Picture Perfect?
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Picture Perfect?

Because we all know a person with a 400 second snap story.

Picture Perfect?
Lynn Smith

We live in an age that has completely gone digital. Our memories are shared online, we rely on computers or smartphones for everything, whether its managing our personal accounts, video chatting with someone halfway around the world, or computing how to launch spacecraft to another planet.There are so many positives to technology, but as with everything, with every good, there is bad.

As millennials, we’ve grown up alongside technology and like to laugh at the older generations that are confused by the iPhone. Rarely do you ever hear someone our age talk about the difficulties of growing up in such an age, as though its all positive and beneficial to our growth--but that's not necessarily 100% accurate.

Especially at our age, we want everyone to believe that our lives are perfect and we’re living life to the fullest every second of every day, even if that’s on a Monday night. Social media has turned this idea of sharing everything for our friends to see into a silent contest, a race to see who can have the most fun and document it all. The problem with this is that it can make all of us feel like we need to be living up to the amount of “fun” all of our friends are having, which winds up hurting us more than helping us, especially if this is what you’re seeing on your feed 24/7.

There’s nothing wrong with posting all of your good times everywhere for family and friends to see—and I do it quite often myself. Something I’ve noticed though, is even on my worst day, I’ll post a picture (or an entire album depending on the day) of photos of me smiling wide and pretending not to have a care in the world, even if at that moment I’m laying in my bed, already very over the day that I’m having. This comes from a part of me that doesn’t want to seem like I’m missing out or having less of a good time than anyone else, so pretending that life is flowers and rainbows seems like the easier way out even if I’m pouting behind the screen.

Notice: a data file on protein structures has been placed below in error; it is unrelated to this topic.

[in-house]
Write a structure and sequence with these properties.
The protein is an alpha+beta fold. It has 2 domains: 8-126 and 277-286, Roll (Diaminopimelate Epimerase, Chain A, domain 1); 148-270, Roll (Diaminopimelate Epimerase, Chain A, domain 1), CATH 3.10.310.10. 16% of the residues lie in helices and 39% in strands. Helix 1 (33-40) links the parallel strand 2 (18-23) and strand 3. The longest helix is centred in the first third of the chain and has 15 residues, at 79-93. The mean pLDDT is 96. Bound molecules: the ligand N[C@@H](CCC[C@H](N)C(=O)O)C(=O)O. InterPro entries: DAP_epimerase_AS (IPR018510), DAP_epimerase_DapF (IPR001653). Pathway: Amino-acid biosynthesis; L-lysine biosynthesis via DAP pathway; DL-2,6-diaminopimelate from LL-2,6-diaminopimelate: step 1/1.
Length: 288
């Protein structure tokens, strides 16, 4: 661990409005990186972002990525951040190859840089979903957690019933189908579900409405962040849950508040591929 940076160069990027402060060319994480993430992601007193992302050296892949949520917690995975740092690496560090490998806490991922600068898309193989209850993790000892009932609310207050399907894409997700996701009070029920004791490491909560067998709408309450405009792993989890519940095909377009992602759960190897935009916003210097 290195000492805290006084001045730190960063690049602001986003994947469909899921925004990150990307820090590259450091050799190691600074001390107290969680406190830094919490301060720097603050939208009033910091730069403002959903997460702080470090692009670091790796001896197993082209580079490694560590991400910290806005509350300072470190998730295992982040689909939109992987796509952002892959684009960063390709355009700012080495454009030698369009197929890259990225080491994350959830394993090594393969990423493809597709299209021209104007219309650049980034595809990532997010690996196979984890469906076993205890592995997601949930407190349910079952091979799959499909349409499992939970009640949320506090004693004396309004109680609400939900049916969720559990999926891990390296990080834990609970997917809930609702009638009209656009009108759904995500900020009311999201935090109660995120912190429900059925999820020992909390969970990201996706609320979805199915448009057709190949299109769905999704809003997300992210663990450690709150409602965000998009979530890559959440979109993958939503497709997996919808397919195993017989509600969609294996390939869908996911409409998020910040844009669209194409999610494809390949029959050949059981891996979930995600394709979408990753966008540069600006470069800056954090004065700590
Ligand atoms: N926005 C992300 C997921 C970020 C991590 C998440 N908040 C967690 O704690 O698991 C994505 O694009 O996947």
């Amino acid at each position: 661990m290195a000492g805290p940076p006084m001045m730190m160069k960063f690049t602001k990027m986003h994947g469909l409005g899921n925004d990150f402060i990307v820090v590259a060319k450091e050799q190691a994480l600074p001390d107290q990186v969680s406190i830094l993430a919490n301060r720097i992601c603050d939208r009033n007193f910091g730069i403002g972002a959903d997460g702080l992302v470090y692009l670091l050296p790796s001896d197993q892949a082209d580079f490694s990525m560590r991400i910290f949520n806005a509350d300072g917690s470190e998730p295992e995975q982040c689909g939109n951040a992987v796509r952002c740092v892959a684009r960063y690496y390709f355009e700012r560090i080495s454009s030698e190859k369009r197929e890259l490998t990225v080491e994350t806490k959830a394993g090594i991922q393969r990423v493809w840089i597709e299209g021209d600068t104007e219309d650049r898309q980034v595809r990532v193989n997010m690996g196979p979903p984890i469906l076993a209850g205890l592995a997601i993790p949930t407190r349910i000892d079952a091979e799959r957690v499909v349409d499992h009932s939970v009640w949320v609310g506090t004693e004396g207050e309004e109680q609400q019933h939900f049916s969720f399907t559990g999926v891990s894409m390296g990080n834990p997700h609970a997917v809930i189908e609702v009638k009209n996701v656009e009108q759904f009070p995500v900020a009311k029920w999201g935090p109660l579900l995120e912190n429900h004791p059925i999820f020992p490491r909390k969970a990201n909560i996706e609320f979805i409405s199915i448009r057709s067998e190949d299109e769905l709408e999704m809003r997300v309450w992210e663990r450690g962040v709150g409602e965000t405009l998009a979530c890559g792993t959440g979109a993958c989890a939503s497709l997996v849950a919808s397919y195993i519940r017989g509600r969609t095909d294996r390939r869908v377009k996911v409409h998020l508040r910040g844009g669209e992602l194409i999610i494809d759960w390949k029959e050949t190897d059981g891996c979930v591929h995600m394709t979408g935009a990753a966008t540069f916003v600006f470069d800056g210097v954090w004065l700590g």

I like to think this isn’t just me doing this, but everyone else who also feels like sometimes they need to keep up with the fun their friends are having miles away. Its not malicious or done to one-up someone, but rather to keep up. We have enough pressure on ourselves already, so why stress ourselves out over a problem that we're creating completely in our head or behind our screens?

So to the person that has a 400 second snap story, I’m glad you’re having that much fun—you keep doing you. And to the person watching it from your bed on a Friday, tomorrow, next week, and even next month will give you plenty of chances to have your fun, I promise. Let's like each others posts, but not keep playing the game.

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This article has not been reviewed by Odyssey HQ and solely reflects the ideas and opinions of the creator.
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